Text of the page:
We only use your email address to send you the newsletter and to see how many people are opening our emails. A full privacy policy can be viewed here. You can change your mind at any time and update your preferences or unsubscribe.

Exploring Rwandan adolescents' gendered experiences and perspectives

Teen girls, Kigali, Rwanda credit Dining for Girls


Roberte Isimbi
Marie Francoise Umutoni
Ernestina Coast

Publication type:
Date: October 2017

This brief summarises the findings of GAGE’s formative qualitative work in Rwanda—which took place in 2016 in three contrasting communities. They were: urban (Musanze), peri-urban (Rwamagana), and rural (Nyaruguru). Based on individual and group interviews with just over 500 people, 300 of whom were adolescents between the ages of 10 and 15, we found that despite significant recent progress, much of which is due to the governments’ commitment to adolescent wellbeing, girls’ capabilities continue to be truncated.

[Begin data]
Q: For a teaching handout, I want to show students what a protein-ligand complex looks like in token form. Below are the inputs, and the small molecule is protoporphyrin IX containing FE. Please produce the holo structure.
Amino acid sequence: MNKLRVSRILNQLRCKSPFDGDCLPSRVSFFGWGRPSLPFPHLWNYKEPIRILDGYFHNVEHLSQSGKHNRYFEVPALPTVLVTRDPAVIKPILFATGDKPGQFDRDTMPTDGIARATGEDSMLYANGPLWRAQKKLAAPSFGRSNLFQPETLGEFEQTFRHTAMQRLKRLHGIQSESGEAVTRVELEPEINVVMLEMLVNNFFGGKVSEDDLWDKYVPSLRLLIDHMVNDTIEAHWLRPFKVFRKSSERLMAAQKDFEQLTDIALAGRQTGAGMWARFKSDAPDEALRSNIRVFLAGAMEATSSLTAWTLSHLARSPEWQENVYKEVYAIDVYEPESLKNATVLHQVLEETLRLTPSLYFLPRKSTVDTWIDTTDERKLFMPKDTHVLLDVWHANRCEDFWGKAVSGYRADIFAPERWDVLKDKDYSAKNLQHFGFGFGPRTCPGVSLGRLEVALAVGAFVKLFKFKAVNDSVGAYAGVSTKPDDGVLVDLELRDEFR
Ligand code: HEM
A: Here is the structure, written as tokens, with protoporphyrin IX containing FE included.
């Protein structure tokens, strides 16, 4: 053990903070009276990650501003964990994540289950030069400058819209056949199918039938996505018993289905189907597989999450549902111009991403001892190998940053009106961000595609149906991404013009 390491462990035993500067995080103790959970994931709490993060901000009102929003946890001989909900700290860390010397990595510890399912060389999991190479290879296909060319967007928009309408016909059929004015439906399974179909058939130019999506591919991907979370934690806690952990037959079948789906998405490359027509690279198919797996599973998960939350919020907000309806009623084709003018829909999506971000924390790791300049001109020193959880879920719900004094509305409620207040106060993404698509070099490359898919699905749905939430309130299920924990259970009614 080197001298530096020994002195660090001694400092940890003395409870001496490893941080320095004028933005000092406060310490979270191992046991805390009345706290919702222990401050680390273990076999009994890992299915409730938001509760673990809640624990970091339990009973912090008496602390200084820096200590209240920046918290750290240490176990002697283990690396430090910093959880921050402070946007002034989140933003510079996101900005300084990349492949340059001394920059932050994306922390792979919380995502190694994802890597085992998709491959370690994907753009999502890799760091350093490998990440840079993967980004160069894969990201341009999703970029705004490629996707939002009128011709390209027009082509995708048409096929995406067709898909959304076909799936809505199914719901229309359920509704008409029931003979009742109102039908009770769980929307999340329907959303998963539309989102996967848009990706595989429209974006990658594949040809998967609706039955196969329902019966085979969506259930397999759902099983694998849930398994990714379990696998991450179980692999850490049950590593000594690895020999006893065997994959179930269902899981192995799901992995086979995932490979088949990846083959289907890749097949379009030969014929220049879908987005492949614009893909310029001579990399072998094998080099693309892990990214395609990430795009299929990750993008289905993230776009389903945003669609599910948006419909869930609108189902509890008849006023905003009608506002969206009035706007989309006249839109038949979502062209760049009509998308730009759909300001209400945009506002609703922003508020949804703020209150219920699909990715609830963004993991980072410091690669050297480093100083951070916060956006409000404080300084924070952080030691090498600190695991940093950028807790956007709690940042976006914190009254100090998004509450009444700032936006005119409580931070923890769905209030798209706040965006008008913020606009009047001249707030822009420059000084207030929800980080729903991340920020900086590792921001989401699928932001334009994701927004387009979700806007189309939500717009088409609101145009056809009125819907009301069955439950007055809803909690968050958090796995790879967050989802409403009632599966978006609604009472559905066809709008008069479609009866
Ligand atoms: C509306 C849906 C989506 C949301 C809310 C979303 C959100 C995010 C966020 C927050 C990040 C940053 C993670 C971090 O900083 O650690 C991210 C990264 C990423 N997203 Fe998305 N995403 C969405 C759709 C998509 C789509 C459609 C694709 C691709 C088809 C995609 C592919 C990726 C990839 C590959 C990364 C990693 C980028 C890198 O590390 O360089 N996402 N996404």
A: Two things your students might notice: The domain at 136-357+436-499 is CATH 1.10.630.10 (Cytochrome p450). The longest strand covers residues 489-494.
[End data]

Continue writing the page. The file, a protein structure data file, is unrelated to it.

For example, while Rwanda now has some of the highest primary and secondary school enrolment levels in sub-Saharan Africa, and girls are now more likely than boys to start school on time and progress through on schedule, rampant school violence, from teachers and other students, is pushing many girls and boys out of the classroom before they complete their educations. In addition, despite the fact that education is ostensibly free, high ad-hoc fees prevent the poorest from attending. Girls face particular gendered risks as well. They not only have more chores than boys, which impacts their school attendance and performance, they are at risk of rape, face exploitative sexual relationships with ‘Sugar Daddies’, have limited access to decent work, and have especially few opportunities to exercise voice and agency.

Our research suggests an urgent need to develop locally tailored programming that operationalises government commitment to adolescents. In addition to increased economic support for the poorest—and better prosecution of sexual violence, this should include efforts to encourage non-violent pedagogies, better access to information for adolescents about puberty and healthy relationships, and programming aimed at shifting the gender norms of adolescent girls and boys, their parents, and their broader communities.

Related publications